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Proc Natl Acad Sci U S A. Jul 20, 2004; 101(29): 10756–10761.
Published online Jul 7, 2004. doi:  10.1073/pnas.0402560101
PMCID: PMC490007
Medical Sciences

Mouse dyskerin mutations affect accumulation of telomerase RNA and small nucleolar RNA, telomerase activity, and ribosomal RNA processing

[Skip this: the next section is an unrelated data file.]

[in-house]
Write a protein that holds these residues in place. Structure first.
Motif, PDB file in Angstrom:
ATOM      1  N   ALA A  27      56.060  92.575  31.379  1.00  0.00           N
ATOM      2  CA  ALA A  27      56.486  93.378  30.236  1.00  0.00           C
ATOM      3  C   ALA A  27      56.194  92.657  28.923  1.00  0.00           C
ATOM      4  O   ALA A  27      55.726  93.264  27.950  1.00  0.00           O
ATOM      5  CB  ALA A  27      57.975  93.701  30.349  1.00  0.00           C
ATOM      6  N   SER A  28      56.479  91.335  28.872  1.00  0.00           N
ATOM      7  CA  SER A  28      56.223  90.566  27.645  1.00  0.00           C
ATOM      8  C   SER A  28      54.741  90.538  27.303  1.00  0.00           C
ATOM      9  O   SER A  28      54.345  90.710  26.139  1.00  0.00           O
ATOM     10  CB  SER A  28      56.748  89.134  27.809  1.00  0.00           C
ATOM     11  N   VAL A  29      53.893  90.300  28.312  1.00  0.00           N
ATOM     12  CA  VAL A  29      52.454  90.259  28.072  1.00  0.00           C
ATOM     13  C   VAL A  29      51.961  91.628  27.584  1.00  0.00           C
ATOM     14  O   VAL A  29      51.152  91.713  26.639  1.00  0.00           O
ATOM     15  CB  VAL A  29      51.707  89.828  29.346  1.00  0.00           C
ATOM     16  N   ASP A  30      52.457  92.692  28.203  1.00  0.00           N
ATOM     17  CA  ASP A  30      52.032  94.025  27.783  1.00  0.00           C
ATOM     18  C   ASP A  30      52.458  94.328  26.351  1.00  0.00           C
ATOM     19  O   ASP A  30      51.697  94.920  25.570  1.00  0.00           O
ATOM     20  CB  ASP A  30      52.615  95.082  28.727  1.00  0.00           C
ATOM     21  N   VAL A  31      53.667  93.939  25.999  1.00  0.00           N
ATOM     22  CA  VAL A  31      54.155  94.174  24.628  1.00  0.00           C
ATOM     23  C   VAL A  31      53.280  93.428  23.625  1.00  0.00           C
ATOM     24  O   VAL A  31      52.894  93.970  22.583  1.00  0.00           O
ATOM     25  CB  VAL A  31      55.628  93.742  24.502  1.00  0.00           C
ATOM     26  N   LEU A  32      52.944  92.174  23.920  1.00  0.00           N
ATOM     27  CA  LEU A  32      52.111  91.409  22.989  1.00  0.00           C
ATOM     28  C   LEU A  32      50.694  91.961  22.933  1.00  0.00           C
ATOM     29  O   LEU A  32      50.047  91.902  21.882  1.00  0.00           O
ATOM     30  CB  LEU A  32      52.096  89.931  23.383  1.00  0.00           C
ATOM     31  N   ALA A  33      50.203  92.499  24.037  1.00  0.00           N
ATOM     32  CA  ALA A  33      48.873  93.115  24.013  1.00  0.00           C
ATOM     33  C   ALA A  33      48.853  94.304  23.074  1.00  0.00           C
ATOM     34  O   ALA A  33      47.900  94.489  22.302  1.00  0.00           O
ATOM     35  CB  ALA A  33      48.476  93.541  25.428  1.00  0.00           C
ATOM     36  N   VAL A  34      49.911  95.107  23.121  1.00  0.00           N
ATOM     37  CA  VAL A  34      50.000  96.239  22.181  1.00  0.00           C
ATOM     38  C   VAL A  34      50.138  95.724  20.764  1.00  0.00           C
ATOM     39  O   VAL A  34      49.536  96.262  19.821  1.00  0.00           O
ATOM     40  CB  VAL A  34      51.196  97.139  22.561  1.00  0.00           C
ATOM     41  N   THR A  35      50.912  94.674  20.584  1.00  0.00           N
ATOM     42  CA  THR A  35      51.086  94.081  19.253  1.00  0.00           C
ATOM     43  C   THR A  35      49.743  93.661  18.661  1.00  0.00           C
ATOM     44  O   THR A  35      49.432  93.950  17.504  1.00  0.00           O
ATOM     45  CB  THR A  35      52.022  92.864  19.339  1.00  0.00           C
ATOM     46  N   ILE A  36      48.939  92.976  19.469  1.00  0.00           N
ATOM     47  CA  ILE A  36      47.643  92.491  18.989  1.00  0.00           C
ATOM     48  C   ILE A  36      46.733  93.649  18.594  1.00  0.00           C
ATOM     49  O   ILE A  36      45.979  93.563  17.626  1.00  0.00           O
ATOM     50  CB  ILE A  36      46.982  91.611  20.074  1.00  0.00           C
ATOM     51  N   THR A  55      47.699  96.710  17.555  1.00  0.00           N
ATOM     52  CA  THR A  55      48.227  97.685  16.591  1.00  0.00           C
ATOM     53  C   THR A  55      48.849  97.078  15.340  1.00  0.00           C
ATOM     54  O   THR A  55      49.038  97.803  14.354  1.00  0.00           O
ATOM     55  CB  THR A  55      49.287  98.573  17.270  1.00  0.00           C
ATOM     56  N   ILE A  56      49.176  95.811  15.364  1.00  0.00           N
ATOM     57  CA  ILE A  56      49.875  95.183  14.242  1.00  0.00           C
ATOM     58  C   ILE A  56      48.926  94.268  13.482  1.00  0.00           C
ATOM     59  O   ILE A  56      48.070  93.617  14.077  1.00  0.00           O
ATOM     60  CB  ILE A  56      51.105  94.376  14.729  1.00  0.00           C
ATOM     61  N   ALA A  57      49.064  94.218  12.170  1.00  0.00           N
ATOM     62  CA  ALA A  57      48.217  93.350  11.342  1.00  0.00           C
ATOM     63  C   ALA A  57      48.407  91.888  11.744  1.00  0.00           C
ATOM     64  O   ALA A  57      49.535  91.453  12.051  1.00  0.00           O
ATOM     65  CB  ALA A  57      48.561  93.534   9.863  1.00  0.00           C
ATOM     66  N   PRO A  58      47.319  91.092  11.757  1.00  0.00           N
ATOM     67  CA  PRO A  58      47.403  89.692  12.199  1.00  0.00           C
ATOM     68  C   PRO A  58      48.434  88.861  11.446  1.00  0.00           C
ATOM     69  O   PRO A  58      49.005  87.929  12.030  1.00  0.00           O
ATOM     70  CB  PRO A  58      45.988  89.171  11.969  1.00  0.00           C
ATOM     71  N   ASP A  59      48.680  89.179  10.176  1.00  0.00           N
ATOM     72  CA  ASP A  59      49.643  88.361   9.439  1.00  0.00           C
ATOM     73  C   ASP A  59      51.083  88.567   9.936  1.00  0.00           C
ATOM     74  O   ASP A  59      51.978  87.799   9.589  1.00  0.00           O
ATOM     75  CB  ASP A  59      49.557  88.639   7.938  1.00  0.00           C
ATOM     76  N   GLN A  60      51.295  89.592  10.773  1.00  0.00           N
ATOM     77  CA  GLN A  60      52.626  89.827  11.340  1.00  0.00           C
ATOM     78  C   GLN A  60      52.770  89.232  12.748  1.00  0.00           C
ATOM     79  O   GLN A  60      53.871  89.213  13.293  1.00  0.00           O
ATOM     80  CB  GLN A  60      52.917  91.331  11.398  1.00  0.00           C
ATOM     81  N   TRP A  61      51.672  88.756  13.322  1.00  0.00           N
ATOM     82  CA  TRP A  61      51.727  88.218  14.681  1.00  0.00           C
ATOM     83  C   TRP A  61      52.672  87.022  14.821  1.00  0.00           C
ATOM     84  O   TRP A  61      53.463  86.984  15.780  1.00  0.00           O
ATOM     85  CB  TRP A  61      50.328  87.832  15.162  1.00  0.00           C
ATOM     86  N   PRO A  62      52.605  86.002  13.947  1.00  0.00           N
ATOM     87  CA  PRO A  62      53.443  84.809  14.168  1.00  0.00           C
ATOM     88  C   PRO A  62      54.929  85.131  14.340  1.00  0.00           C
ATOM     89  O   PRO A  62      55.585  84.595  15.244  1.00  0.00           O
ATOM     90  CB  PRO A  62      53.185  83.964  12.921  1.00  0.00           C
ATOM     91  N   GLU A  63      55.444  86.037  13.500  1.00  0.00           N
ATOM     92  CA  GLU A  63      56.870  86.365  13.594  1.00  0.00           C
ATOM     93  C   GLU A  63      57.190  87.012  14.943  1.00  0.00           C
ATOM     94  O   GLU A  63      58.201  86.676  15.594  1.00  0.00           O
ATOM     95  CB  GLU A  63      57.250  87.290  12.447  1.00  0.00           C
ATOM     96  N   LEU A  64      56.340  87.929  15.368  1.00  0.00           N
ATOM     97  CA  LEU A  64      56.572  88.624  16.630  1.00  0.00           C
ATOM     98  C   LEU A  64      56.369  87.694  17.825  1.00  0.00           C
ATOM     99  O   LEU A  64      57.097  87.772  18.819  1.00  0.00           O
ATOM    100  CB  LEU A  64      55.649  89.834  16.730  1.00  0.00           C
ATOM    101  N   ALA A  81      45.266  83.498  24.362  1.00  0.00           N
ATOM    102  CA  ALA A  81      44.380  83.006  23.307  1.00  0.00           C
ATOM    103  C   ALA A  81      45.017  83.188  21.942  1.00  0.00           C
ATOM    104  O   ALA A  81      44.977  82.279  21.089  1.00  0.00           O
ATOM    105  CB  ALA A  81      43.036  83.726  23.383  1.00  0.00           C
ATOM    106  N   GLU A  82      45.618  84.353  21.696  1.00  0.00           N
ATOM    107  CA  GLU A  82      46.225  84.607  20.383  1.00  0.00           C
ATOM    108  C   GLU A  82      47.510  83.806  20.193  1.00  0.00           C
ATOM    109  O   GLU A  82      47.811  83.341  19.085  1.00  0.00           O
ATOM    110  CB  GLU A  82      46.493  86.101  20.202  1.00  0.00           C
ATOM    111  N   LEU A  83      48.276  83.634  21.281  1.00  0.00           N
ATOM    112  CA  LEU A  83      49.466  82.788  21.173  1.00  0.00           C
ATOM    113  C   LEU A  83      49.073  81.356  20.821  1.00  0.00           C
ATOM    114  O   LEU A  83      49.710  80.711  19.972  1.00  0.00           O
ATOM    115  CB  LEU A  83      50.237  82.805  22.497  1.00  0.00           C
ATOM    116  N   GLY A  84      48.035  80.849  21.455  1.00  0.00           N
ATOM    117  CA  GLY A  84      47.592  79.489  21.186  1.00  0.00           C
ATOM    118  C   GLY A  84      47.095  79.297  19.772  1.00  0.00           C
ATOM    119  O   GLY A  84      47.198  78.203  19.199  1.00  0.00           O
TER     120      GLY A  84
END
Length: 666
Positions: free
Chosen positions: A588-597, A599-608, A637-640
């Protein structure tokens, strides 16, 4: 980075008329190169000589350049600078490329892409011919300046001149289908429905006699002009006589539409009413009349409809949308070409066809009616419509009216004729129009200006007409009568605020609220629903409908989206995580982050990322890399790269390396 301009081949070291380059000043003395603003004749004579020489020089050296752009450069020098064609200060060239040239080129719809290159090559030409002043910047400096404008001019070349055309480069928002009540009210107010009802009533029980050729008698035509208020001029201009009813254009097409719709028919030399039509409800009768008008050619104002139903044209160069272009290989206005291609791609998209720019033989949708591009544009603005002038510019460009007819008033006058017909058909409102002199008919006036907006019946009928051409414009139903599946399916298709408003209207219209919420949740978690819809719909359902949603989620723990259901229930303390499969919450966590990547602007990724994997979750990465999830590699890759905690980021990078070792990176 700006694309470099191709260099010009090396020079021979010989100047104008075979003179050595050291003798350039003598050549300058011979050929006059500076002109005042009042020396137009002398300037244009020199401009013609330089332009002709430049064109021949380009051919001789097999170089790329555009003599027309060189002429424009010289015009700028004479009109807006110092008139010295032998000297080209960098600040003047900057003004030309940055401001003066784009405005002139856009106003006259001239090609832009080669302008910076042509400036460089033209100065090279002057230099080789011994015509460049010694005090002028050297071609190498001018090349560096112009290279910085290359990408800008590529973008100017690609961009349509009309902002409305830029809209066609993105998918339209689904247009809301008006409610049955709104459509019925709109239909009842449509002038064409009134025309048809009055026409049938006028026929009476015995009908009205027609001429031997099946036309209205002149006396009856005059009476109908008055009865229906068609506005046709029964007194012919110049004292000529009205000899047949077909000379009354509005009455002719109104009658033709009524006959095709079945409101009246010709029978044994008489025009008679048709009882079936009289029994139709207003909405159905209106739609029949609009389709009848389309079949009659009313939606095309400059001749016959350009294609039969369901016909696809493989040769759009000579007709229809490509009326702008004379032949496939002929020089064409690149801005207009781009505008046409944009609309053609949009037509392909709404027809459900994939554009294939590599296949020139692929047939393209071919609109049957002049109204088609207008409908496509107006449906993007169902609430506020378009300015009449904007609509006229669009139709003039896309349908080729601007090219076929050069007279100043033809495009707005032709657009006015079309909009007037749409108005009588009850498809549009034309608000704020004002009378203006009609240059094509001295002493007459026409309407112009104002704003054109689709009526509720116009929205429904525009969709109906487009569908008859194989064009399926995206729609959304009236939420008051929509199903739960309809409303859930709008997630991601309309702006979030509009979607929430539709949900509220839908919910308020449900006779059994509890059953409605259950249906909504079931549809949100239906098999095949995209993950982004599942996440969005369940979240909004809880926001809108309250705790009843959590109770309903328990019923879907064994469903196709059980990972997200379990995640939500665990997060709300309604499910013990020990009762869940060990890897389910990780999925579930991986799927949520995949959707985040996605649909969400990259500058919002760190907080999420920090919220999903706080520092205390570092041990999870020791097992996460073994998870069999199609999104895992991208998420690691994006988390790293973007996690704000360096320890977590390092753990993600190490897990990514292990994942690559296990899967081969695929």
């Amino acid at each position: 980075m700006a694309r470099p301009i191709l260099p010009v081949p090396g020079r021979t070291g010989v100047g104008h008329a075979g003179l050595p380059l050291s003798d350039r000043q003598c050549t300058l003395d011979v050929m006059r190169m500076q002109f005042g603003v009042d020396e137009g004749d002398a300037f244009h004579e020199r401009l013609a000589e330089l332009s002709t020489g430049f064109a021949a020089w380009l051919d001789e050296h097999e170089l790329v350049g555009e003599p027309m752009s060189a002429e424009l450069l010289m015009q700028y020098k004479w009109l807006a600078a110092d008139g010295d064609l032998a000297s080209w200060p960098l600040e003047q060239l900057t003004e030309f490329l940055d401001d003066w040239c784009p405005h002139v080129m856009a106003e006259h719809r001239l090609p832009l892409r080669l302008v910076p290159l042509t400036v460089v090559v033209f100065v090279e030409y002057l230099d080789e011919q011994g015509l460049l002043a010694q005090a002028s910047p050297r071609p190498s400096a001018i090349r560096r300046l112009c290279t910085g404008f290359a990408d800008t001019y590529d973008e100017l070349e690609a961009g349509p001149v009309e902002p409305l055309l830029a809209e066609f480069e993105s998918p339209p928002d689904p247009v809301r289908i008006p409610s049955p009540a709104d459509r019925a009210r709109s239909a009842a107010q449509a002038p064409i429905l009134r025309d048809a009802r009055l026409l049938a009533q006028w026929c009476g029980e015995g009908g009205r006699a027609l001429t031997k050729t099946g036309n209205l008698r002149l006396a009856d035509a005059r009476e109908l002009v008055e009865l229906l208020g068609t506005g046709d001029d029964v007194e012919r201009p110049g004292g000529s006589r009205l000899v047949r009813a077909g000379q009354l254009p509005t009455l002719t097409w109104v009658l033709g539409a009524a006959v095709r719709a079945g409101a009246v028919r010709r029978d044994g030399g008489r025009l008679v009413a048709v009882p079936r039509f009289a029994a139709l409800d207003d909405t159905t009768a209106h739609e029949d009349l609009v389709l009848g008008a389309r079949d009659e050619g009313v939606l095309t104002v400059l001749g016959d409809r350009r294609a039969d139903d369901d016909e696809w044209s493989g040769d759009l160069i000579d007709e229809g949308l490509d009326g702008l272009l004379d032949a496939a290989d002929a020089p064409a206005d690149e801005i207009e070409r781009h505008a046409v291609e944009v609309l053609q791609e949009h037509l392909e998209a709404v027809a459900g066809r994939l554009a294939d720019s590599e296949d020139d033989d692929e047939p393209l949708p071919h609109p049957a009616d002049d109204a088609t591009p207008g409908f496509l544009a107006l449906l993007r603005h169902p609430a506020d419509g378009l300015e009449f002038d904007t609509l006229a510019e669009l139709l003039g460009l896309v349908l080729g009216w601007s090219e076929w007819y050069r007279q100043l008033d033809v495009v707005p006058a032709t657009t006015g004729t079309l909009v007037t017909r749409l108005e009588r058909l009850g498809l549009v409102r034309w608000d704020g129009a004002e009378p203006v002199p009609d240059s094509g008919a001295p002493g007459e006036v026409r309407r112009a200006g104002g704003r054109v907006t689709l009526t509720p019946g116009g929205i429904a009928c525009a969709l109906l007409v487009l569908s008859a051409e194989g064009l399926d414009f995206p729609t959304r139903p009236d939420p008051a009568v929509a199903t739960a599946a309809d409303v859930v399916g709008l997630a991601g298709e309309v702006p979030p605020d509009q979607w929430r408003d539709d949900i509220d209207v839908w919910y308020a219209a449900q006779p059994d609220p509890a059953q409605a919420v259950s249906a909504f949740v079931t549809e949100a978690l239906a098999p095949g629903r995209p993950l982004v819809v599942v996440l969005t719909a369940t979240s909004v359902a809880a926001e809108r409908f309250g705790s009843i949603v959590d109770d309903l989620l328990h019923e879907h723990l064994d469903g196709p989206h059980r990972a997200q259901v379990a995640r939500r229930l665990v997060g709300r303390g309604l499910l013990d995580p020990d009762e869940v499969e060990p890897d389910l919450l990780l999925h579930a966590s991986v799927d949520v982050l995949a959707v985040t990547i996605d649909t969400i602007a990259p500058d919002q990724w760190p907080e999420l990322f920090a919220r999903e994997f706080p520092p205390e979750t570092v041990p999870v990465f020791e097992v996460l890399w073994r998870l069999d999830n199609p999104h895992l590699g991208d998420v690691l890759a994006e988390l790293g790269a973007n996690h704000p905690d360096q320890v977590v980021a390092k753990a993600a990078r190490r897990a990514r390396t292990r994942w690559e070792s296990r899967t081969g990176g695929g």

Dyskerin is a nucleolar protein present in small nucleolar ribonucleoprotein particles that modify specific uridine residues of rRNA by converting them to pseudouridine. Dyskerin is also a component of the telomerase complex. Point mutations in the human gene encoding dyskerin cause the skin and bone marrow failure syndrome dyskeratosis congenita (DC). To test the extent to which disruption of pseudouridylation or telomerase activity may contribute to the pathogenesis of DC, we introduced two dyskerin mutations into murine embryonic stem cells. The A353V mutation is the most frequent mutation in patients with X-linked DC, whereas the G402E mutation was identified in a single family. The A353V, but not the G402E, mutation led to severe destabilization of telomerase RNA, a reduction in telomerase activity, and a significant continuous loss of telomere length with increasing numbers of cell divisions during in vitro culture. Both mutations caused a defect in overall pseudouridylation and a small but detectable decrease in the rate of pre-rRNA processing. In addition, both mutant embryonic stem cell lines showed a decrease in the accumulation of a subset of H/ACA small nucleolar RNAs, correlating with a significant decrease in site-specific pseudouridylation efficiency. Interestingly, the H/ACA snoRNAs decreased in the G402E mutant cell line differed from those affected in A353V mutant cells. Hence, our findings show that point mutations in dyskerin may affect both the telomerase and pseudouridylation pathways and the extent to which these functions are altered can vary for different mutations.